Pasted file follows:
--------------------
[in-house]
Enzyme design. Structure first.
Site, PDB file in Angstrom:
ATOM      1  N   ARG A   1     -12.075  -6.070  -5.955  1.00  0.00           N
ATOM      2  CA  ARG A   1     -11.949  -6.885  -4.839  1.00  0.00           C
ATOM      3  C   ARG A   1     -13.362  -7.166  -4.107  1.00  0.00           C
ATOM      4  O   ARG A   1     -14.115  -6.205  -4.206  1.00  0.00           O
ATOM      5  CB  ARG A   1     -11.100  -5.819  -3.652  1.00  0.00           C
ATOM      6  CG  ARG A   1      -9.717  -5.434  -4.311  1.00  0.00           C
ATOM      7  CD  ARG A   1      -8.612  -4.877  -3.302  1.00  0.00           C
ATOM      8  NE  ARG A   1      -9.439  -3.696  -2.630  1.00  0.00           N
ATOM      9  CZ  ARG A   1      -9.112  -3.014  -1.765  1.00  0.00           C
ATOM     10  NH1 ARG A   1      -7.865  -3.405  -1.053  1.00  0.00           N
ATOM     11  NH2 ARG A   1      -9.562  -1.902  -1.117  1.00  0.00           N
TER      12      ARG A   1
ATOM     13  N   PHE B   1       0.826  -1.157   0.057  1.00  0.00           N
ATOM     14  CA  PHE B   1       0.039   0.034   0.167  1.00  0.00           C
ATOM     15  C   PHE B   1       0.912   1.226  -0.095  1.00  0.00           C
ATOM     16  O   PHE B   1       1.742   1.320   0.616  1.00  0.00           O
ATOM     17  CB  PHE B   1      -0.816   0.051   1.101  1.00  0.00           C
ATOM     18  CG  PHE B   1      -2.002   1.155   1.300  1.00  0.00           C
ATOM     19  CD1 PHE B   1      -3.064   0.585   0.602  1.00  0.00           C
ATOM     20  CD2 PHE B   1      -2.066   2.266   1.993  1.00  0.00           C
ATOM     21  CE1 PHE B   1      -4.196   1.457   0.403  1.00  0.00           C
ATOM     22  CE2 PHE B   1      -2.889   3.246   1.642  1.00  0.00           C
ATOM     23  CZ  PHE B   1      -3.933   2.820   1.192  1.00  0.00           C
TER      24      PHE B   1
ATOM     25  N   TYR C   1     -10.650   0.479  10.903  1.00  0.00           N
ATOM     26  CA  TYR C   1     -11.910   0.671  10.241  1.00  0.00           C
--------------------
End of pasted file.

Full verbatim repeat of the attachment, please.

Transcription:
[in-house]
Enzyme design. Structure first.
Site, PDB file in Angstrom:
ATOM      1  N   ARG A   1     -12.075  -6.070  -5.955  1.00  0.00           N
ATOM      2  CA  ARG A   1     -11.949  -6.885  -4.839  1.00  0.00           C
ATOM      3  C   ARG A   1     -13.362  -7.166  -4.107  1.00  0.00           C
ATOM      4  O   ARG A   1     -14.115  -6.205  -4.206  1.00  0.00           O
ATOM      5  CB  ARG A   1     -11.100  -5.819  -3.652  1.00  0.00           C
ATOM      6  CG  ARG A   1      -9.717  -5.434  -4.311  1.00  0.00           C
ATOM      7  CD  ARG A   1      -8.612  -4.877  -3.302  1.00  0.00           C
ATOM      8  NE  ARG A   1      -9.439  -3.696  -2.630  1.00  0.00           N
ATOM      9  CZ  ARG A   1      -9.112  -3.014  -1.765  1.00  0.00           C
ATOM     10  NH1 ARG A   1      -7.865  -3.405  -1.053  1.00  0.00           N
ATOM     11  NH2 ARG A   1      -9.562  -1.902  -1.117  1.00  0.00           N
TER      12      ARG A   1
ATOM     13  N   PHE B   1       0.826  -1.157   0.057  1.00  0.00           N
ATOM     14  CA  PHE B   1       0.039   0.034   0.167  1.00  0.00           C
ATOM     15  C   PHE B   1       0.912   1.226  -0.095  1.00  0.00           C
ATOM     16  O   PHE B   1       1.742   1.320   0.616  1.00  0.00           O
ATOM     17  CB  PHE B   1      -0.816   0.051   1.101  1.00  0.00           C
ATOM     18  CG  PHE B   1      -2.002   1.155   1.300  1.00  0.00           C
ATOM     19  CD1 PHE B   1      -3.064   0.585   0.602  1.00  0.00           C
ATOM     20  CD2 PHE B   1      -2.066   2.266   1.993  1.00  0.00           C
ATOM     21  CE1 PHE B   1      -4.196   1.457   0.403  1.00  0.00           C
ATOM     22  CE2 PHE B   1      -2.889   3.246   1.642  1.00  0.00           C
ATOM     23  CZ  PHE B   1      -3.933   2.820   1.192  1.00  0.00           C
TER      24      PHE B   1
ATOM     25  N   TYR C   1     -10.650   0.479  10.903  1.00  0.00           N
ATOM     26  CA  TYR C   1     -11.910   0.671  10.241  1.00  0.00           C